Category Publishing

Dutch Public Libraries and the “One Copy, One User” Rule

I took a little bit of heat from certain members of the library community who were bothered by my analysis last week of the European Court of Justice’s (ECJ’s) decision in the case of Vereniging Openbare Bibliotheken (Dutch Public Library Association) v. Stichting Leenrecht (Lending Rights Foundation, the Dutch collecting society for royalties from library lending) […]

The ECJ’s Inconclusive Ruling on Library E-Book Lending

We’ve been looking for a while at the question of whether First Sale rights apply to digital files.  If you get an e-book or music download, can you resell, lend, or give it away to someone else — as you can with physical products like print books or music CDs?  The library community has gotten excited […]

New Research on Impact of Copyright Monitoring on E-Book Sales to Be Presented at Conference

In what I think is becoming an annual tradition, I’m pleased to announce that we will be adding a new academic research presentation to the agenda at Copyright and Technology NYC 2017. Prof. Imke Reimers of Northeastern University in Boston will present a paper called “Can Private Copyright Protection Be Effective? Evidence from Book Publishing,” […]

E-Book Retail Platform Offers Choice of Watermarking or DRM

EditionGuard is a “white label” e-book retail platform that, like many of its type, is based on Adobe technology, including Adobe Content Server DRM.  This week the company added an option called EditionGuard Social DRM, which enables its customers — publishers, retailers, and independent authors — to use e-book watermarking instead of DRM. EditionGuard Social DRM […]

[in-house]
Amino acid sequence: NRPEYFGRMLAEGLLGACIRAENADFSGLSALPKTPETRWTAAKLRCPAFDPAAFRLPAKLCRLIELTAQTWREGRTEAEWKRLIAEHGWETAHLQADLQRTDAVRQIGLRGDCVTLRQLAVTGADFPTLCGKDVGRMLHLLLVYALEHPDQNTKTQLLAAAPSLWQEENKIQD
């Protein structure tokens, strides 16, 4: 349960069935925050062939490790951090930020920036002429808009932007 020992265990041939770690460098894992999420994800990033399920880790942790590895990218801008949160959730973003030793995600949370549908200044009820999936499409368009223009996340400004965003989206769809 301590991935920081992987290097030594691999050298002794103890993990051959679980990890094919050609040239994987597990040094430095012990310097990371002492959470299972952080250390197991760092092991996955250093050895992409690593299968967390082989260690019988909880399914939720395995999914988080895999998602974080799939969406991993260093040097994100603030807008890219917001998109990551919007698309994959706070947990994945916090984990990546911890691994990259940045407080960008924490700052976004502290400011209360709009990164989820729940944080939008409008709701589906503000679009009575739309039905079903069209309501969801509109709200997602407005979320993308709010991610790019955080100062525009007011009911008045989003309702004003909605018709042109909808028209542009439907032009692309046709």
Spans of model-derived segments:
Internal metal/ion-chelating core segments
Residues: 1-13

Survey on E-Book DRM Licensing

If you have been following this blog for a while, you’ll know that I have been involved in the design and launch of a new open-source DRM scheme for e-books called Readium LCP (Licensed Content Protection).  The formal launch of Readium LCP is expected to take place by the end of this year. As I’ve explained, […]

A World Without DMCA 1201

The Electronic Frontier Foundation (EFF) last Thursday filed a lawsuit against the U.S. government (the Attorney General, Library of Congress, and Copyright Office), in an attempt to have Section 1201 of the Copyright Act found unconstitutional.  Section 1201 is the provision that makes it a violation of copyright law to circumvent (hack) DRMs and other “technical protection measures.” The nominal […]

Copyright Office Opens Inquiry on Digital Rights for Libraries

Yesterday the U.S. Copyright Office announced that it is looking for input into revising Section 108 of the copyright law, the section that gives libraries and archives special rights to copy and distribute materials.  Although much of Section 108 deals with making physical copies of materials for preservation purposes, some of it is supposed to apply […]